It is the bochur who is not yet set in his ways who can more easily be inspired and take dramatic action to alter his life behavior and take himself to a higher spiritual level. That is why the majority of Nezirim were in fact bochurim, and so when the Torah enumerates the dead relatives whose contact the Nazir must avoid, it omits “his son and his daughter.”
Transcribed by David Twersky; Jerusalem [email protected]
Technical Assistance by Dovid Hoffman; Baltimore, MD [email protected]
This week’s write-up is adapted from the hashkafa portion of Rabbi Yissochar Frand’s Commuter Chavrusah Series on the weekly Torah portion. A listing of the halachic portions for Parshas Nasso is provided below:
- 059 Sheitel: A Woman’s Obligation to Cover Her Hair
- 103 Birchas Kohanim
- 148 Sotah: The Case of the Unfaithful Wife
- 195 Birchas Kohanim: Who Can and Who Can’t?
- 241 Yichud and the Housekeeper
- 285 Sa’ar B’isha Ervah
- 331 NassoMust A Kallah Cover Her Hair at the Chasunah?
- 375 Ain Osin Mitzvos Chavilos
- 419 Causing the Erasure of Hashem’s Name
- 463 Dee’chui Eitzel Mitzvos
- 507 The Faithful Unfaithful Wife
- 551 Being Motzi a Wife in Kiddush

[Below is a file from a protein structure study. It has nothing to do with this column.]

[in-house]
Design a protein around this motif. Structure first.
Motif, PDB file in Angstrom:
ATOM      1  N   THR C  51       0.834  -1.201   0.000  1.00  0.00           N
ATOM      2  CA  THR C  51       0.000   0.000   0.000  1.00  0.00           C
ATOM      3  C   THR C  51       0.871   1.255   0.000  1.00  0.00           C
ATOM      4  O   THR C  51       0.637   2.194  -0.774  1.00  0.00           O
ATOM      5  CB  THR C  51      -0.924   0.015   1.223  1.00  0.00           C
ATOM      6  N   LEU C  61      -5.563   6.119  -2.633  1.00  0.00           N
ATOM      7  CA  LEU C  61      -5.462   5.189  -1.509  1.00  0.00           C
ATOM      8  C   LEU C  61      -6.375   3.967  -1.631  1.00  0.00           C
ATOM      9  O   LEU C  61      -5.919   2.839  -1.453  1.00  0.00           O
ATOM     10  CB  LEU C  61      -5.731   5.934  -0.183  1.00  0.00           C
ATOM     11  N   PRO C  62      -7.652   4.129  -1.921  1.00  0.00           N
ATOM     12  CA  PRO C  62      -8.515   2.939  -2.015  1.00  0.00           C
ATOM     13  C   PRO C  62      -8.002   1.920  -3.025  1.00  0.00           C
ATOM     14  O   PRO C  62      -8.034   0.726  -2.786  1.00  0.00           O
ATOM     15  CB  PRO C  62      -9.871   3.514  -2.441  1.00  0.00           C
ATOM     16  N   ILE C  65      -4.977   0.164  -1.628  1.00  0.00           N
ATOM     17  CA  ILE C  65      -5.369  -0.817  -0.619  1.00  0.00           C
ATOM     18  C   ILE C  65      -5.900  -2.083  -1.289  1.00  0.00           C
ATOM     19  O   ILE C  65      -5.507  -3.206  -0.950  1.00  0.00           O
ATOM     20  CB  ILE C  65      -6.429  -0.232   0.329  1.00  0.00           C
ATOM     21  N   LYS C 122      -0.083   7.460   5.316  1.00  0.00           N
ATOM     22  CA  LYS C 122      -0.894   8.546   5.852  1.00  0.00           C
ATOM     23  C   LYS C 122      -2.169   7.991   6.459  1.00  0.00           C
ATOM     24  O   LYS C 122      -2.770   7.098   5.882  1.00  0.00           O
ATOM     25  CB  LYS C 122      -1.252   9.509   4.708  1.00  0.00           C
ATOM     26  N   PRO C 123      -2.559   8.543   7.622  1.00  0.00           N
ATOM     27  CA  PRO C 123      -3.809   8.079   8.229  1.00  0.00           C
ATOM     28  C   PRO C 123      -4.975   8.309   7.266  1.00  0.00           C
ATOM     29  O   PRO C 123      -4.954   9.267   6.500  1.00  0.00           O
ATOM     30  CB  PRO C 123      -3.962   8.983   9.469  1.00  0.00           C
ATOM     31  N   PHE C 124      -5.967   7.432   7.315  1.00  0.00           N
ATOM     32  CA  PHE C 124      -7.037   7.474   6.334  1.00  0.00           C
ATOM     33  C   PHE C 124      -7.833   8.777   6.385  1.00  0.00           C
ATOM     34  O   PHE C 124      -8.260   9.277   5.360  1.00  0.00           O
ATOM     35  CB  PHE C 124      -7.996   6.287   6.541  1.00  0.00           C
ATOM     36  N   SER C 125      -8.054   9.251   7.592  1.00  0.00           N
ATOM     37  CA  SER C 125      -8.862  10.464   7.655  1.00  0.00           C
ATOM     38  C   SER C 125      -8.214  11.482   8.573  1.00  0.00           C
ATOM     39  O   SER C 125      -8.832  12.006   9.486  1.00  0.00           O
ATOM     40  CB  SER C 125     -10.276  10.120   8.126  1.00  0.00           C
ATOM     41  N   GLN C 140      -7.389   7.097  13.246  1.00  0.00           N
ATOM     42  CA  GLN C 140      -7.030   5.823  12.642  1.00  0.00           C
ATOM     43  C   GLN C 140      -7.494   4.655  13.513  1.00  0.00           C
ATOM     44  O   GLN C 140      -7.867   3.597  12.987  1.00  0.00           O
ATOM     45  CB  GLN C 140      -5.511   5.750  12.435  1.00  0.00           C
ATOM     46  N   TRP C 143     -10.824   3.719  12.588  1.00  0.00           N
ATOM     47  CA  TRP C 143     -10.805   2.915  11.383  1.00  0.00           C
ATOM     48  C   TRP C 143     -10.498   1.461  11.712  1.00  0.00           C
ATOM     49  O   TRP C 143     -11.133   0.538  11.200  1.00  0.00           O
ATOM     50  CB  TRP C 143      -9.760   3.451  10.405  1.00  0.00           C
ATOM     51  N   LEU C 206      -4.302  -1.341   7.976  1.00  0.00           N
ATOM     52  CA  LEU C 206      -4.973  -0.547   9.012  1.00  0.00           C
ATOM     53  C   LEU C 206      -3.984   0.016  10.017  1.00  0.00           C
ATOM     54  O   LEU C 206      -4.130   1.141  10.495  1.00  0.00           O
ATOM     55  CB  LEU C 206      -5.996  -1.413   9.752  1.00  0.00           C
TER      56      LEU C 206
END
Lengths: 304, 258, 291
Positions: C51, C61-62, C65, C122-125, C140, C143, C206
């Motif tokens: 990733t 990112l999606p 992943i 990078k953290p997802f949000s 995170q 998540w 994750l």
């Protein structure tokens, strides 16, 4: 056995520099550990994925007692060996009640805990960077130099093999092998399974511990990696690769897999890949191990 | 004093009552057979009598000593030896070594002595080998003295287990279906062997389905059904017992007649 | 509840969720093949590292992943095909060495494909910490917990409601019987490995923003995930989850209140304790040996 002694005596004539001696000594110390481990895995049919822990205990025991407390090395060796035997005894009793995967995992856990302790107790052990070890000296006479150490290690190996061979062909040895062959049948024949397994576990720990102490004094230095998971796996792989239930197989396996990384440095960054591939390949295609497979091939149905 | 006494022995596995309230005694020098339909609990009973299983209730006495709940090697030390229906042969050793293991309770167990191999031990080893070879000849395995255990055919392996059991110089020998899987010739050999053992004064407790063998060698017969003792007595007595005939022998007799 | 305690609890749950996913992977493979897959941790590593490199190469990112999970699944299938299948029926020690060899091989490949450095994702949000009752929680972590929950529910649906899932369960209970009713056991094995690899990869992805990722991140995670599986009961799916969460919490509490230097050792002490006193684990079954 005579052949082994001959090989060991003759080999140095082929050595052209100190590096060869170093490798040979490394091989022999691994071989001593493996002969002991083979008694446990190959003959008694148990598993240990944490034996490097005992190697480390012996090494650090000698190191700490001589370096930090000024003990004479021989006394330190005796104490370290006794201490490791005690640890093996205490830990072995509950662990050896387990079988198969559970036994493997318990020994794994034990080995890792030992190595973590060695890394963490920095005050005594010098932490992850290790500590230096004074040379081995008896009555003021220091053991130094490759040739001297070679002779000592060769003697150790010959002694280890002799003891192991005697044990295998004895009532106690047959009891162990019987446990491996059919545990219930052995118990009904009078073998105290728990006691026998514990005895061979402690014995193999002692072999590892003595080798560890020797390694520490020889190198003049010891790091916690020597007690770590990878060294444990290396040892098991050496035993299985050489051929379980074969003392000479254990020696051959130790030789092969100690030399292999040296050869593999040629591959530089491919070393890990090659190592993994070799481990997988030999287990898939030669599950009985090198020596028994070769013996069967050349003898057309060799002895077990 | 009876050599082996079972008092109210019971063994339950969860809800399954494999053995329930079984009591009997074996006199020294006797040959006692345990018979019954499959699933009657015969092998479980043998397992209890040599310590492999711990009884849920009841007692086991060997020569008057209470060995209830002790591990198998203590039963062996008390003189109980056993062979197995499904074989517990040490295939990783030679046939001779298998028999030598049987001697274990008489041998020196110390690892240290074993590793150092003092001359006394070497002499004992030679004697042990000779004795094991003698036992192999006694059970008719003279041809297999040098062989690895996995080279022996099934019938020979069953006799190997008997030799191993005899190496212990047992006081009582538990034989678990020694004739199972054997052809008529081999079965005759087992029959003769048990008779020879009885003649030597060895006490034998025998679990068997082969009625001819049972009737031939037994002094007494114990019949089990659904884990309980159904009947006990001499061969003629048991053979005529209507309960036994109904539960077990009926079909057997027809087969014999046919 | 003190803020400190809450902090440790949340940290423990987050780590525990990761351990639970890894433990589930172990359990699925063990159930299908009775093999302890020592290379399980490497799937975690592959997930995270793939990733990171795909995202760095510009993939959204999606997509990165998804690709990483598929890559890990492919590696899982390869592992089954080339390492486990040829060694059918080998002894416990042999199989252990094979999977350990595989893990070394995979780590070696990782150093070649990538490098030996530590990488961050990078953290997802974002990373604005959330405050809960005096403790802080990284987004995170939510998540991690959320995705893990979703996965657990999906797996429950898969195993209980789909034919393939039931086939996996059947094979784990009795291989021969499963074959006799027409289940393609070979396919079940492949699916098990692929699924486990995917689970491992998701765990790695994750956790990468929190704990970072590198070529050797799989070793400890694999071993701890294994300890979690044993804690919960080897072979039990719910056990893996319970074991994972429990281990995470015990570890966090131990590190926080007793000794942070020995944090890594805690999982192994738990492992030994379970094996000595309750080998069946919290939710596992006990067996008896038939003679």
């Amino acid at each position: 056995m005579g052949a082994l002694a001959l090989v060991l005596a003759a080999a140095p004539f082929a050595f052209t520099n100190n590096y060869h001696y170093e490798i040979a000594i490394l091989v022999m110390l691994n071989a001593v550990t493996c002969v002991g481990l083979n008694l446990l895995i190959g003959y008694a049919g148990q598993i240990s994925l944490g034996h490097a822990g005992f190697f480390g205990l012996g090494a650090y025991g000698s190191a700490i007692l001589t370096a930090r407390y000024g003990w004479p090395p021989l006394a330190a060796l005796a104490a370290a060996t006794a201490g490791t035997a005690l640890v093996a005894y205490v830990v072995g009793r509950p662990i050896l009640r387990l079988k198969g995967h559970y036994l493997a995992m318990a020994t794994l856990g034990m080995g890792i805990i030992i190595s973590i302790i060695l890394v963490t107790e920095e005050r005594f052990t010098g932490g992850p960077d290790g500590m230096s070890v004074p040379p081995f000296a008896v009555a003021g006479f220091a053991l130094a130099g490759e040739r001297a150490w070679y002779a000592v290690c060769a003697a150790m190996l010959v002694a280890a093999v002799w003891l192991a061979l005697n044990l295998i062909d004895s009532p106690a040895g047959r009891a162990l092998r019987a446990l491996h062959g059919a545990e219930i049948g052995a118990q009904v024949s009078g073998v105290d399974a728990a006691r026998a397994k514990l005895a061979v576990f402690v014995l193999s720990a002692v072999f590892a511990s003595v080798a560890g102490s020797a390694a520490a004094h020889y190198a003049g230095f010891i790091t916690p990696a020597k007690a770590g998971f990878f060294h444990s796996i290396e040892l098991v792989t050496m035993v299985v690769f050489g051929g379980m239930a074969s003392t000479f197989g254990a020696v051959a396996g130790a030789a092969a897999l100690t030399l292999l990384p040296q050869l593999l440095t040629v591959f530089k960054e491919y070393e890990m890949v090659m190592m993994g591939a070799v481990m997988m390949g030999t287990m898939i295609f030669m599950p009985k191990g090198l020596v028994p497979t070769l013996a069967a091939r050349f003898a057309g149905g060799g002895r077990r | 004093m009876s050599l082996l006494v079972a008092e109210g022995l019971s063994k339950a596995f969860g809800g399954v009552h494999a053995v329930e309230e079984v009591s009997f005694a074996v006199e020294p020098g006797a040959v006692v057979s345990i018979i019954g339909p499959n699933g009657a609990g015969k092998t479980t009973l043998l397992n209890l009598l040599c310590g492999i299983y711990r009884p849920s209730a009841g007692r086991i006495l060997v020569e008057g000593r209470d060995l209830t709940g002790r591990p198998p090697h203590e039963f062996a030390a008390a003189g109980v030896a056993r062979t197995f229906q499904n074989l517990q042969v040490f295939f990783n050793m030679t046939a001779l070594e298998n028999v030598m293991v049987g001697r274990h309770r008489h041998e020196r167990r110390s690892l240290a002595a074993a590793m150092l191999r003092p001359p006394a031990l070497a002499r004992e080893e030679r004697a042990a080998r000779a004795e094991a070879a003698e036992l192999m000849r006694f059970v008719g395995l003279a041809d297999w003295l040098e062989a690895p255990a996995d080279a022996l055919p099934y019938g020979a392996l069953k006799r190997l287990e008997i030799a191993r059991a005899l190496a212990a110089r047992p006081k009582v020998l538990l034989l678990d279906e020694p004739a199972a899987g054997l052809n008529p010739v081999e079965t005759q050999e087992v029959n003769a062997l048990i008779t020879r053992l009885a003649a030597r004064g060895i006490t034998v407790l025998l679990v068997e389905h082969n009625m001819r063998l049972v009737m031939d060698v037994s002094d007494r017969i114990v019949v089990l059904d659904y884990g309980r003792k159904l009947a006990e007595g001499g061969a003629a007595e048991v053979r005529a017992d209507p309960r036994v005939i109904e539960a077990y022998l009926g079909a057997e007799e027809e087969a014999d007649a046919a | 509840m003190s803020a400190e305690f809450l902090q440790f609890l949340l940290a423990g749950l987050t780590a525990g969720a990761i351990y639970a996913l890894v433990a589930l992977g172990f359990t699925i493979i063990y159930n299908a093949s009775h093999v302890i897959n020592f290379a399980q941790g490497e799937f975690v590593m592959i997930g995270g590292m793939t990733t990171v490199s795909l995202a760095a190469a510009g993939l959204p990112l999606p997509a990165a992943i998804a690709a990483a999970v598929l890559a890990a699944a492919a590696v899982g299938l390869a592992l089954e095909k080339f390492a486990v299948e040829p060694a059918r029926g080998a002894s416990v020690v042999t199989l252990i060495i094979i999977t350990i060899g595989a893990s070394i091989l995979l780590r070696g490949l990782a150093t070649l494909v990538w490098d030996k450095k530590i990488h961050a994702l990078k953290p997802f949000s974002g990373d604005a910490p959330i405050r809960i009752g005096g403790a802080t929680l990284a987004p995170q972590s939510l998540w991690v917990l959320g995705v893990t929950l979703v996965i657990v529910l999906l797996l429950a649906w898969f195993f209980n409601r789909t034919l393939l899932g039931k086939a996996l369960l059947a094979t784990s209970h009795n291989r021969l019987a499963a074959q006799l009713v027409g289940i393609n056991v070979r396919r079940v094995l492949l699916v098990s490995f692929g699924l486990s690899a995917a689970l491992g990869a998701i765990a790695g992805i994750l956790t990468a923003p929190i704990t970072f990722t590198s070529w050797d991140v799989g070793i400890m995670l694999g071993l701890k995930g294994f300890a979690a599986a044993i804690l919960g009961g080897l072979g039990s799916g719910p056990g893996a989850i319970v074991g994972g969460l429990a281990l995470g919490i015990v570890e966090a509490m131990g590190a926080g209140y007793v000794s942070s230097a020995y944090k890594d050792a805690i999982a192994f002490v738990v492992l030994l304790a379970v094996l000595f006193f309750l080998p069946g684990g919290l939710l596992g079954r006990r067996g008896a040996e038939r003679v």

- 595 Chazonim and Chazanus
- 639 The Unfaithful Wife – Is Ignorance an Excuse?
- 683 Shalom Bayis – How Far Can One Go?
- 727 Singing During Davening – Pro or Con?
- 771 Ashkenazim, Sephardim and Bishul Akum,
- 815 The Laws of Sotah – Still Very Relevant
- 859 Walking Behind a Woman
- 903 Shavuous- Fascinating Halachos
- 947 Birchas Kohanim−Whose Mitzva−The Kohain or Yisroel?
- 990 Cutting Down A Fruit Tree for Home Expansion
- 1034 Ba’alas Teshuva Who Was Not Honest With Her Husband
- 1078 The Elderly Gentleman and the Female Nurse – A Yichud Problem?
- 1121 The Enigma of Shimshon HaGibor
- 1163 Avoiding Yichud: Must the Door be Open or Merely Unlocked.
- 1207 Listening to music – as mutar as you think?
- 1251 Sitting Next to a Woman on an Airplane
- 1295 Davening/Bentching/Making Kiddush in Front of a Woman Who Is Not Properly Dressed
- 1339 The Sole Practiioner Lawyer and His Jewish Secretary – A Yichud Problem?
- 1383 Birchas Kohanim – Whose Mitzva Is It?
- 1427 Giving Yasher Koach to the Kohain After Birchas Kohanim – Why?
- 1471 Birchas Kohanim – Why Only on Yom Tov?
- 1515 Some Fascinating Yichud Shailos
A complete catalogue can be ordered from the Yad Yechiel Institute, PO Box 511, Owings Mills MD 21117-0511. Call (410) 358-0416 or e-mail [email protected] or visit http://www.yadyechiel.org/ for further information.